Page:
The Centennial Camp

“We find the things the boys really like and can afford to keep doing. Over the past five or six years we’ve introduced some wonderful things that we never thought of when we were kids, like lacrosse, which is a big sport and growing bigger,” Steve says. “Lacrosse may not seem like a big expense, but when you’re talking about all the equipment, finding good people to run it, and clearing some more land it does get expensive.”

But the demand in lacrosse has more than justified the addition of this program, as has the more recent addition of a climbing wall. Steve says his camp can’t be all things to all people, but Cobbossee is willing to add programming if it offers competition and a chance to learn.

This is where the staff mix comes into play. The boys are provided with solid instruction coming from professional teachers, who also impart their wisdom on the college-age counselors.

Lloyd Johnson, the head of the tennis department, coaches the Junior Davis Cup program for Jamaica. Johnson is both a good and unusual example of what Cobbossee strives for in its staff.

A good example, because he meets the criteria of teaching excellence, a love for children, patience and a good sense of humor. Unusual, because Camp Cobbossee’s staff is mostly “middle America,” says Lembeck, who adds that international staff, particularly summer-only help is not recruited as heavily as U.S. staff.

Mike Griffin, Cobbossee’s athletic director, has been affiliated with the Rubins for more than 30 years. Lembeck says that Griffin was a basketball coach when Lembeck was a boy at Tomahawk.

“That’s true for many great camps — they keep their senior staff,” says Lembeck. “The owners treat them right and give them the authority to run the programming the way they want to run it, but it is always guided by the underlying general philosophy of the camp.”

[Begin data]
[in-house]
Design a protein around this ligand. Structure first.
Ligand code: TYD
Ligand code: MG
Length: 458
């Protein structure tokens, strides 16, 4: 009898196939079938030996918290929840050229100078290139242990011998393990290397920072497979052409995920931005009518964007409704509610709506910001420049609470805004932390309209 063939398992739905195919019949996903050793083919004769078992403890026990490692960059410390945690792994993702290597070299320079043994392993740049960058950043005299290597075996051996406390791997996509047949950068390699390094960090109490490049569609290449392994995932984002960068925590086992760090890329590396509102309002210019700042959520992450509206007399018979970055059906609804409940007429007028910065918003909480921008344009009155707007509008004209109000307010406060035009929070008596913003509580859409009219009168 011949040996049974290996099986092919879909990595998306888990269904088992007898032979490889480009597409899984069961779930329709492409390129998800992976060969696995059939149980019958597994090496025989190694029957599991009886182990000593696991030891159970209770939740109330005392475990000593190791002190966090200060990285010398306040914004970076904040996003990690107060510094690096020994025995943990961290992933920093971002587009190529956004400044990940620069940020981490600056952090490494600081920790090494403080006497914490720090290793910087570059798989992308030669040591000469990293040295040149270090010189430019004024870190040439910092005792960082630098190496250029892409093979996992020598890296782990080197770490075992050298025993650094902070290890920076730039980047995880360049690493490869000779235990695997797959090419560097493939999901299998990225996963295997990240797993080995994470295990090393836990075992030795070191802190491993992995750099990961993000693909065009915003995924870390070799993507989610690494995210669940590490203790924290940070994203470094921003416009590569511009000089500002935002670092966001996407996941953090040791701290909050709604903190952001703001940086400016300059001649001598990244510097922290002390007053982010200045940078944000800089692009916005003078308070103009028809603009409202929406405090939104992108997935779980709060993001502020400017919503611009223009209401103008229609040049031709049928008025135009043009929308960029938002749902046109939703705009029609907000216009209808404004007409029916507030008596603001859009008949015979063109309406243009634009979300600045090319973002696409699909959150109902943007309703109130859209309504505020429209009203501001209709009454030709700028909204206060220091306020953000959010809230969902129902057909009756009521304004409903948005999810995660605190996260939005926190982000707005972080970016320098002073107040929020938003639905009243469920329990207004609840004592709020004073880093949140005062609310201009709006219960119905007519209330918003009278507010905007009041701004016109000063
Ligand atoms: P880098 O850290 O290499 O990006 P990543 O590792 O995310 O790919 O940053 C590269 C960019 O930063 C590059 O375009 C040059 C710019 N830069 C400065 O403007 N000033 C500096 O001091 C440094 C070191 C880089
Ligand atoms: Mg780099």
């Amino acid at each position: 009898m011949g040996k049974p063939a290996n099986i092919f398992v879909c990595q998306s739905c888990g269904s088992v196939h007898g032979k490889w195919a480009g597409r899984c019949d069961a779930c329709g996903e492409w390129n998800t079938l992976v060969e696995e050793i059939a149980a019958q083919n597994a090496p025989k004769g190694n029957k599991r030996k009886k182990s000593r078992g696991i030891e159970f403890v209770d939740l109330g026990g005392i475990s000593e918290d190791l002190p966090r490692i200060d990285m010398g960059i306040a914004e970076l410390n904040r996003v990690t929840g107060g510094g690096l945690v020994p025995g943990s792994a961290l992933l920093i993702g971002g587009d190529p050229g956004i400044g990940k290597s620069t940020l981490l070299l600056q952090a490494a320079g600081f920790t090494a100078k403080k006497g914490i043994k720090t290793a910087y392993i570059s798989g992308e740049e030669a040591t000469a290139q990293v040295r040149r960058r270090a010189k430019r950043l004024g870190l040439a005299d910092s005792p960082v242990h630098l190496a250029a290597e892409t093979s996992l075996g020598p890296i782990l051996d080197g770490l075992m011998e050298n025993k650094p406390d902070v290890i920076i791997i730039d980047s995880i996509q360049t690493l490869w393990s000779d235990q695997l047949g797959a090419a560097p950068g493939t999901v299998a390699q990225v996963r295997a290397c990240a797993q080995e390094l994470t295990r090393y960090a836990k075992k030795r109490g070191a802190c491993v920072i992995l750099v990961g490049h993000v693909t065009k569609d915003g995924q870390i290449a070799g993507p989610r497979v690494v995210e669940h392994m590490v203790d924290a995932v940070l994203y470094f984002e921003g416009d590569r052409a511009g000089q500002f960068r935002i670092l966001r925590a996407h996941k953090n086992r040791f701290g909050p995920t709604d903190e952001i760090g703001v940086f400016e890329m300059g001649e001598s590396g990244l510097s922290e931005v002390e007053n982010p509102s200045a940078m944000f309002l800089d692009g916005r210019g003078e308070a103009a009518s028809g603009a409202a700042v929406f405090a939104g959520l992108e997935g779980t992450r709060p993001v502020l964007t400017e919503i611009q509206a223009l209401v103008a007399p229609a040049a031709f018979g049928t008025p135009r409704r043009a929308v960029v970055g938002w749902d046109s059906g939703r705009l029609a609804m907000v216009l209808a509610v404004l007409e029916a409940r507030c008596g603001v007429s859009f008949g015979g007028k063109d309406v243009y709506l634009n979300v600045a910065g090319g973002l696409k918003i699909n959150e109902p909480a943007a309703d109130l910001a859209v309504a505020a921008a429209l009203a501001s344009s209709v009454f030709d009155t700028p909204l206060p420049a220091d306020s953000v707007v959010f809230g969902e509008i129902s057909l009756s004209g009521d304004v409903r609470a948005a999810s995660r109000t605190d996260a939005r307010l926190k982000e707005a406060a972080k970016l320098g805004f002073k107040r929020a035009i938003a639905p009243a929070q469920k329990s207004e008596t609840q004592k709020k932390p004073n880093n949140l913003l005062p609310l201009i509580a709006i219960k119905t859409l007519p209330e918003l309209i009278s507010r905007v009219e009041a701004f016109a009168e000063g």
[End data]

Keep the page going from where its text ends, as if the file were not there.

Steve also cites a number of factors that lead to creating excellence in summer counselors and a high counselor return rate, which can be hard to come by these days.

“You’ve got to pay them and pay them fairly, but also give them responsibility, make them feel important, give them good feedback, and help them earn credits toward internships and classes for the job they’ve done during the summer,” Steve says. “And, you need to make sure you stay in touch with them all winter long. That’s the key to our camp, because the campers come back for the friends and for the staff.”

Camp Cobbossee is very thorough in its recruiting and hiring, taking as much time as possible to go out to campuses and personally find and talk to people interested in working at summer camp. They also do thorough background checks, including criminal checks through state agencies.

“Every counselor we hire is a specialist; we don’t hire general counselors who travel from activity to activity with the boys,” says Lembeck.

Cobbossee hires specialists because it is primarily an athletic camp, with equal focus on instruction and competition. Competition at Cobbossee is huge. Cobbossee competes with other camps during the course of the summer in as many different sports as possible.

Then, during the final week of the season, Color War begins, representing the highlight of the summer for most of the campers. It’s one of the things that helps ensure the camp’s 90-95 percent return rate.

“We teach skills, sportsmanship, and an approach toward athletics that is quite traditional. We try to make the boys understand that the art of competing is what’s so beautiful,” says Lembeck. “The most important thing about sport is giving your all. Everybody likes to win, but you can’t win all the time. If you do your best, you are a winner every time you come off the field. For me as a boy growing up at Tomahawk, those are the lessons that I learned, and I wasn’t a great athlete. And here I am now, part owner of an athletic camp.”

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